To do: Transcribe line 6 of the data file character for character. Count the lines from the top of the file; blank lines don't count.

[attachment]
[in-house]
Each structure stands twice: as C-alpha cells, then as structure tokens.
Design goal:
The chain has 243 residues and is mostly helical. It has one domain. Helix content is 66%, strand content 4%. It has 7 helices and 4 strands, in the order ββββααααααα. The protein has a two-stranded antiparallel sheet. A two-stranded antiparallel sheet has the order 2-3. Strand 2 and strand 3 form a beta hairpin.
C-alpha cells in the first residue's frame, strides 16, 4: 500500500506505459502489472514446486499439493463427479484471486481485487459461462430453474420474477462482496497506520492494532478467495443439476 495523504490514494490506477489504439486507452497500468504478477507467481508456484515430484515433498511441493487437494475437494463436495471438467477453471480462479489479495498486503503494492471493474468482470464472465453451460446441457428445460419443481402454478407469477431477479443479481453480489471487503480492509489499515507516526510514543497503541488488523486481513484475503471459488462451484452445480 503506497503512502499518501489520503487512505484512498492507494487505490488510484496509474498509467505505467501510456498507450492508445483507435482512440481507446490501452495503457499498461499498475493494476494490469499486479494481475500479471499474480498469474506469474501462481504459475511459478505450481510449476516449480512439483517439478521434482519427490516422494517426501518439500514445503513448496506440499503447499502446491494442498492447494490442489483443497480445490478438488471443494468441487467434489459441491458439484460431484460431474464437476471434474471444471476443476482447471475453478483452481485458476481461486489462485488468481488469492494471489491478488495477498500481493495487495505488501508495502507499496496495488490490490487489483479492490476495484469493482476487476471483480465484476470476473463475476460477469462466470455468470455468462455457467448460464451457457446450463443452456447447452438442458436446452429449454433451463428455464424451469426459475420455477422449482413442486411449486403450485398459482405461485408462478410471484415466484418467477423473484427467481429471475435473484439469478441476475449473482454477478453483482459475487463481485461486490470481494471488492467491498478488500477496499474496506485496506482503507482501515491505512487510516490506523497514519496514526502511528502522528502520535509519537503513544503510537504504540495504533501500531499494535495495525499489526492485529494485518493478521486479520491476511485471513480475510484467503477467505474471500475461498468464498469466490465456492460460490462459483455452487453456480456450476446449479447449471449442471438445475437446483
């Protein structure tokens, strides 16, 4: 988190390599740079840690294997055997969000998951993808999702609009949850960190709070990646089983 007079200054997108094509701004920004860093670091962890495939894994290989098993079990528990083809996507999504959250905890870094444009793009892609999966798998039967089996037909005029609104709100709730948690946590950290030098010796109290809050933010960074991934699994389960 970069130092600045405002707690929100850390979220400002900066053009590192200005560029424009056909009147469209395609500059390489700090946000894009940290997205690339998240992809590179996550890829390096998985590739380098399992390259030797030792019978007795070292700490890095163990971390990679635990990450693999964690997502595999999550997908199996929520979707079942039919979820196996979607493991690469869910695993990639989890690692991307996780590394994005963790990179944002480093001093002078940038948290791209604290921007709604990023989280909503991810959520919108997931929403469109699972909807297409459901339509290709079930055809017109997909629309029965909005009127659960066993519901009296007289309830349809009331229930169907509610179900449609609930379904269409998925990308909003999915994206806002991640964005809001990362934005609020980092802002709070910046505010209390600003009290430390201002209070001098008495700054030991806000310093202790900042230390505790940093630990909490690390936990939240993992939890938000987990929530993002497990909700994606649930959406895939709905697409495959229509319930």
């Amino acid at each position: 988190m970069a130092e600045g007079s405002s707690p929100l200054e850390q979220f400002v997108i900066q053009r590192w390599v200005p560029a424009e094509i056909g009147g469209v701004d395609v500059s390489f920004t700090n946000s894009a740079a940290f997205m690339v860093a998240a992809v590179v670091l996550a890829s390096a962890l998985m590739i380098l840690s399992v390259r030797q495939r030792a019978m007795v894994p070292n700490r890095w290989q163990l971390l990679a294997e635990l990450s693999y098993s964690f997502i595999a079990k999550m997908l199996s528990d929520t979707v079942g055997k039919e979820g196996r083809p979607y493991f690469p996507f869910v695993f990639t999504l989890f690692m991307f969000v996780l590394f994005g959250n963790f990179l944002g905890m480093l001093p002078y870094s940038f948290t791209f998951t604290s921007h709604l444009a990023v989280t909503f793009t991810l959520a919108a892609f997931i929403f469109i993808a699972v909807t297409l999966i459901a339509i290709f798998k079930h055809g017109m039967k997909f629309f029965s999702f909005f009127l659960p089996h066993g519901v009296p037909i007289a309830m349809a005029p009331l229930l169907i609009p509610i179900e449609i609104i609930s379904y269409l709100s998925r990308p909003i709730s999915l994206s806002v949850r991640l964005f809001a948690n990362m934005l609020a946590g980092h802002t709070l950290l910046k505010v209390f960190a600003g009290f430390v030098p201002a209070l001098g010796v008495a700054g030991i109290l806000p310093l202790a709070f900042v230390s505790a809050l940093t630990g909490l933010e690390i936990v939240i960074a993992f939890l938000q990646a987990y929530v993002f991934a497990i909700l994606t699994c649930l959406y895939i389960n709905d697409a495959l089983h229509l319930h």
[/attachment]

């Protein structure tokens, strides 16, 4: 988190390599740079840690294997055997969000998951993808999702609009949850960190709070990646089983 007079200054997108094509701004920004860093670091962890495939894994290989098993079990528990083809996507999504959250905890870094444009793009892609999966798998039967089996037909005029609104709100709730948690946590950290030098010796109290809050933010960074991934699994389960 970069130092600045405002707690929100850390979220400002900066053009590192200005560029424009056909009147469209395609500059390489700090946000894009940290997205690339998240992809590179996550890829390096998985590739380098399992390259030797030792019978007795070292700490890095163990971390990679635990990450693999964690997502595999999550997908199996929520979707079942039919979820196996979607493991690469869910695993990639989890690692991307996780590394994005963790990179944002480093001093002078940038948290791209604290921007709604990023989280909503991810959520919108997931929403469109699972909807297409459901339509290709079930055809017109997909629309029965909005009127659960066993519901009296007289309830349809009331229930169907509610179900449609609930379904269409998925990308909003999915994206806002991640964005809001990362934005609020980092802002709070910046505010209390600003009290430390201002209070001098008495700054030991806000310093202790900042230390505790940093630990909490690390936990939240993992939890938000987990929530993002497990909700994606649930959406895939709905697409495959229509319930």